But I don’t think it’s an exact comparison. For starters Russell will be in equal machinery with Hamilton and there are no signs that Hamilton is slipping performance-wise. That plus the familiarity Hamilton has in his surroundings means as an all-round package he will be at a higher level than Russell in 2022 – at least consistently.
I’d be surprised if Russell isn’t beating Hamilton next season more often than Bottas has of late. But I also expect Hamilton to finish ahead in the championship.
Continuity gives Hamilton the edge
Although Russell gave a clear indication of his outright potential in Bahrain last year, coming off better in a weekend up against Bottas, that doesn’t necessarily mean he will instantly be on par with Hamilton next season.
That’s not to say Russell will be left in the same position Bottas has found himself in this year. Switching to a world championship-winning team and a championship-contending car means Russell’s drive and motivation will be at its peak and he will no doubt use that to carve out some incredible performances next year, but with new regulations being introduced, it’s more likely that Hamilton will still have an edge.
While some will see new regulations as an advantage for a driver switching teams, knowing the team personnel and procedures will be of benefit to anyone staying put for 2022, and having been involved with the development of next year’s Mercedes, Hamilton will have an advantage when the new season gets underway.
Beyond that, it’s also clear that Russell still isn’t quite the complete package yet. He has blistering pace, but he still needs to refine his opening laps, something that will be even more important for him next year.
Russell possesses the potential to beat Hamilton on the odd occasion next year given the right circumstances and will no doubt operate as a brilliant backup, bringing in points when his team-mate falters, but there is still a lot of work and development for him to complete before he’s in a position to be beating F1’s most successful driver on a regular basis.
The possibilities are endless – if he’s backed
Even in the earlier part of his adult career, George Russell was phenomenal in the face of adversity.
I had the pleasure of covering his 2018 F2 season and while most remember his spectacular success that year, I remember Russell enduring reliability turmoil and at one stage around halfway through the year he was well over a race win – 36 points – behind Lando Norris.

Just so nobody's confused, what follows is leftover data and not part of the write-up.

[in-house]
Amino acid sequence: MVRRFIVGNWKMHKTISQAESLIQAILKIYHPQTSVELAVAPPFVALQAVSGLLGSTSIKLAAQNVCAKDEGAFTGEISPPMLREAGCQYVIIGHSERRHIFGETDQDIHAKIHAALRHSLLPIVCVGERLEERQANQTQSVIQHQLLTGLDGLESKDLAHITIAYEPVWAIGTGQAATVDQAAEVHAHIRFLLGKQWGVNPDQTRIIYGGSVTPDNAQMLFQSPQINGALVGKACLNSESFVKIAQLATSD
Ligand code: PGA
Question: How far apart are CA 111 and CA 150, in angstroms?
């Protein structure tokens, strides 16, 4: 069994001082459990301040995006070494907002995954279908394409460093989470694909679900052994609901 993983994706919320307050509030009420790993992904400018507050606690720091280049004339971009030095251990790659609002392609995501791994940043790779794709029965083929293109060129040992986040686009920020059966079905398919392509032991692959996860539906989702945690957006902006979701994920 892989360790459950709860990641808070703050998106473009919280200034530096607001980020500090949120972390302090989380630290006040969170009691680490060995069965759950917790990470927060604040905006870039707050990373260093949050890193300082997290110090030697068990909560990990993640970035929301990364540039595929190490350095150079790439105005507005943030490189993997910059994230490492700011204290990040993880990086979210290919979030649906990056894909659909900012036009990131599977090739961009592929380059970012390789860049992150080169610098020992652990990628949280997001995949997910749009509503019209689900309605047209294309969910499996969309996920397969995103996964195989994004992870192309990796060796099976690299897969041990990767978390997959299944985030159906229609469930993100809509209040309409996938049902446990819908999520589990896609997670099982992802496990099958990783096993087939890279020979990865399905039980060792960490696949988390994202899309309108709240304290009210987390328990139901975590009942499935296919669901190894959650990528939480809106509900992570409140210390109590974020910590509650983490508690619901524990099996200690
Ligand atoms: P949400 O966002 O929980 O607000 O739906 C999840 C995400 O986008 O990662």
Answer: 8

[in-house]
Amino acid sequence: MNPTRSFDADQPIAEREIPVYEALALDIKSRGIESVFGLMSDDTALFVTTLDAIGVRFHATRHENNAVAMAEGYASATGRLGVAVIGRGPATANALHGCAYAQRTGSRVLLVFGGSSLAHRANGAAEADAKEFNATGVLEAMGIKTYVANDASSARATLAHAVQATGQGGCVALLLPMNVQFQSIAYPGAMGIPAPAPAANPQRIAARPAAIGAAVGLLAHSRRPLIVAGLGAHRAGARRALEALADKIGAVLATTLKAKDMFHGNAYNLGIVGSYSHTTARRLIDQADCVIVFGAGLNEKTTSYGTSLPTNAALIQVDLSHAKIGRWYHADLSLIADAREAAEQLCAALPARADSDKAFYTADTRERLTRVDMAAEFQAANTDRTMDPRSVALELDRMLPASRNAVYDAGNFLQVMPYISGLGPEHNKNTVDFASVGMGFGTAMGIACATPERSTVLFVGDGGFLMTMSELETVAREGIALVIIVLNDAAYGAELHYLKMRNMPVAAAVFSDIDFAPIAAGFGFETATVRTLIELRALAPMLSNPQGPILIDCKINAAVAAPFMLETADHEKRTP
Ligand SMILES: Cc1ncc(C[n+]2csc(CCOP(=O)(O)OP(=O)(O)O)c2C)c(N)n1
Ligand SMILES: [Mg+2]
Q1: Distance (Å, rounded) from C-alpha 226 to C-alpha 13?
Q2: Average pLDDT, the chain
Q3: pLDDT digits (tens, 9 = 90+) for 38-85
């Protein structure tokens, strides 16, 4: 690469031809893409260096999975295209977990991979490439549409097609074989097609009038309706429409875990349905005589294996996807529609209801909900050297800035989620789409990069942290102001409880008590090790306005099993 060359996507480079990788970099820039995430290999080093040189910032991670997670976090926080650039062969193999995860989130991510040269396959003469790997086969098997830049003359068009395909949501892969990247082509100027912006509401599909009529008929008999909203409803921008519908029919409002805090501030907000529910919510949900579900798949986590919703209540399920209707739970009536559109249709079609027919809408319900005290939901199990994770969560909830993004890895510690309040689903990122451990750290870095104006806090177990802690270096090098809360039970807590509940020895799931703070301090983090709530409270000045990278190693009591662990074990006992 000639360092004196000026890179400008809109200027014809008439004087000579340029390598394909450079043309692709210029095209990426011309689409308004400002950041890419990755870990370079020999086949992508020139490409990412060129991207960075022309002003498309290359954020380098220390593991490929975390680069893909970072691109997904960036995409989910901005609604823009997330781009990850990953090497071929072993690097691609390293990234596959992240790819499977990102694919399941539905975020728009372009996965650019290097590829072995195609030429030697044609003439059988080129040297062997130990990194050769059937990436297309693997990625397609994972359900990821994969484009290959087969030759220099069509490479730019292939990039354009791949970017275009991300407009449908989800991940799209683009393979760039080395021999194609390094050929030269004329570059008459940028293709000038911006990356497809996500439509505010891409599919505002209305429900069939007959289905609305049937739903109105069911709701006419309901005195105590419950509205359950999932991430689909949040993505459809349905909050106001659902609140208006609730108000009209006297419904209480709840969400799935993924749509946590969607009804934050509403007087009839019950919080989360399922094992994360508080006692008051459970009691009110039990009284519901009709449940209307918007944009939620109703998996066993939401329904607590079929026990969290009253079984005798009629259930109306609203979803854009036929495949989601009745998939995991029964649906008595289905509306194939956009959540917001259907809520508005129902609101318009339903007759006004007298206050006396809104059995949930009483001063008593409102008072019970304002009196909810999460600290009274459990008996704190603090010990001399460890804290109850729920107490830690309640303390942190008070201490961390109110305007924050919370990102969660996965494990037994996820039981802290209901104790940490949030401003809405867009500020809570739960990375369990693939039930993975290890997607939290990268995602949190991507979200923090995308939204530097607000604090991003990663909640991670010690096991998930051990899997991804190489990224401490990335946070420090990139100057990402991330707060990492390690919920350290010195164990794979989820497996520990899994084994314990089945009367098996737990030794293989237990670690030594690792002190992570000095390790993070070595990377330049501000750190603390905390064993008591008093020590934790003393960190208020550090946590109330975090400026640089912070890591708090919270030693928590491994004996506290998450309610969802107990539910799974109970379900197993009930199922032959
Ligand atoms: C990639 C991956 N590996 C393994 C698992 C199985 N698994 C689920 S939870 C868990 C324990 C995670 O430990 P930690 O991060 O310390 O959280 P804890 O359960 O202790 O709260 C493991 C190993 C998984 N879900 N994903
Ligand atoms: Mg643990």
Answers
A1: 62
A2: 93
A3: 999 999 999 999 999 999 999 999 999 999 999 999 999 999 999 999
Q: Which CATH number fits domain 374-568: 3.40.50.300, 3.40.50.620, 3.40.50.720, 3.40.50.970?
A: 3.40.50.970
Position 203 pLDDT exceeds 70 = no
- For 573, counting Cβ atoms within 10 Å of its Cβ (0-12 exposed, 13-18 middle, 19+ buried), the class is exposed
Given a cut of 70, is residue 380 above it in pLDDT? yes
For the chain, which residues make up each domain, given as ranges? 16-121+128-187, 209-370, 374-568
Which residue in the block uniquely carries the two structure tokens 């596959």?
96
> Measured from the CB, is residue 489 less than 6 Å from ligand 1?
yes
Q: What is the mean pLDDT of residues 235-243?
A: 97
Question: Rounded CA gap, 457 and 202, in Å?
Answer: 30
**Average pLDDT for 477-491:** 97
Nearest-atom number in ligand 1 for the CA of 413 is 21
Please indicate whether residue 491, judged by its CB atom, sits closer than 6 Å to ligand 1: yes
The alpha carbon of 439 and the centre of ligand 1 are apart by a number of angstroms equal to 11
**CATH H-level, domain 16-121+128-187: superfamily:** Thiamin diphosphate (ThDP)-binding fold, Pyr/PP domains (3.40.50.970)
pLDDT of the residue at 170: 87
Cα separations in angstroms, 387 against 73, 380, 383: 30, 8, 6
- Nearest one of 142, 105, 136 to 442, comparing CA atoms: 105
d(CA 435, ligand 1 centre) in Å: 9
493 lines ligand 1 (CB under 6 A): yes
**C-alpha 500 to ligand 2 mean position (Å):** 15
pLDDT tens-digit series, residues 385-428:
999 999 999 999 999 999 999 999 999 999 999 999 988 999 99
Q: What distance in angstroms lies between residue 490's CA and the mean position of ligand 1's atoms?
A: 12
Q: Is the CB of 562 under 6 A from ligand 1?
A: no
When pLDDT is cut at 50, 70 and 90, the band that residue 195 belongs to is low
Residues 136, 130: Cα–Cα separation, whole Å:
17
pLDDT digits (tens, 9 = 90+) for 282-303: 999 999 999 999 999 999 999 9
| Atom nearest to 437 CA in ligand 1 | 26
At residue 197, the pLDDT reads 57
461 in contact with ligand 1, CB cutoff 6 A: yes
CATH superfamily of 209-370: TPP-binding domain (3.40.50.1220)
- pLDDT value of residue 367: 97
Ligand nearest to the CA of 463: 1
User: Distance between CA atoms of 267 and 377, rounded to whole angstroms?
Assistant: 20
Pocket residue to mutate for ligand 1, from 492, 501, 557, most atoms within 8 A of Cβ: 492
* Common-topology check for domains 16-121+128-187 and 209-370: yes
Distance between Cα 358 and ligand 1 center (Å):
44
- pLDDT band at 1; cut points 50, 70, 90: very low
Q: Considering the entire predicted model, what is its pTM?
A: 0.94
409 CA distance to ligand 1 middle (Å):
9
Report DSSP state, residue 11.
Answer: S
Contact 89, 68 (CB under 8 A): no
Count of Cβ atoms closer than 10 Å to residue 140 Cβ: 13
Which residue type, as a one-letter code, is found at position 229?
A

That year he had his moments of worry, but he repeatedly pointed to ‘the people who were watching, know what to look for’. He was alluding to Mercedes and Toto Wolff knowing that his performances were good and that it was car issues halting his charge.
With that support Russell felt liberated of the pressure of his mechanical gremlins and went on to dominate the second half of the season.
I’m harking on about this as I believe it’s the key to Russell’s Mercedes F1 success, too. If he feels he is being backed and supported, I have every faith he will be buoyed and has the ability to go wheel to wheel with Hamilton.
If he feels Hamilton has too much of the take and not enough of the give over a season, that would be an unprecedented scenario for Russell of potentially not feeling well supported. That would be a new and tricky challenge for him.
Red Bull is in trouble
I believe Russell can absolutely take the fight to Hamilton and although I doubt he’ll beat him, he should pick up several wins and stake his claim as the future of Mercedes.
But his signing should also worry Mercedes’ main rival Red Bull. Should the two teams remain at the front of the field next year and should Sergio Perez’s form not sharply improve, then Red Bull could be in trouble.
Or at least, it will be in the race for the constructors’ championship. Russell demonstrated he’s more than capable of fighting at the front during the 2020 Sakhir GP, and he seems far likely to be able to beat Verstappen, than Perez does Hamilton.
Of course, Russell is also more capable of beating Hamilton, than the near-zero chance of Perez finishing ahead of Verstappen in a straight forward race.
This will remind many of such scenarios as the 2007 or 1986 seasons, where two closely-matched team-mates took chunks out of each other and allowed a driver with the full focus on the rival team to come through the middle and nick the crown.
You could say this signing is a positive for the title hopes of Mercedes and Verstappen, but a negative for those of Red Bull and Hamilton. Although that’s purely based on 2021 form – something that the new regulations could completely change.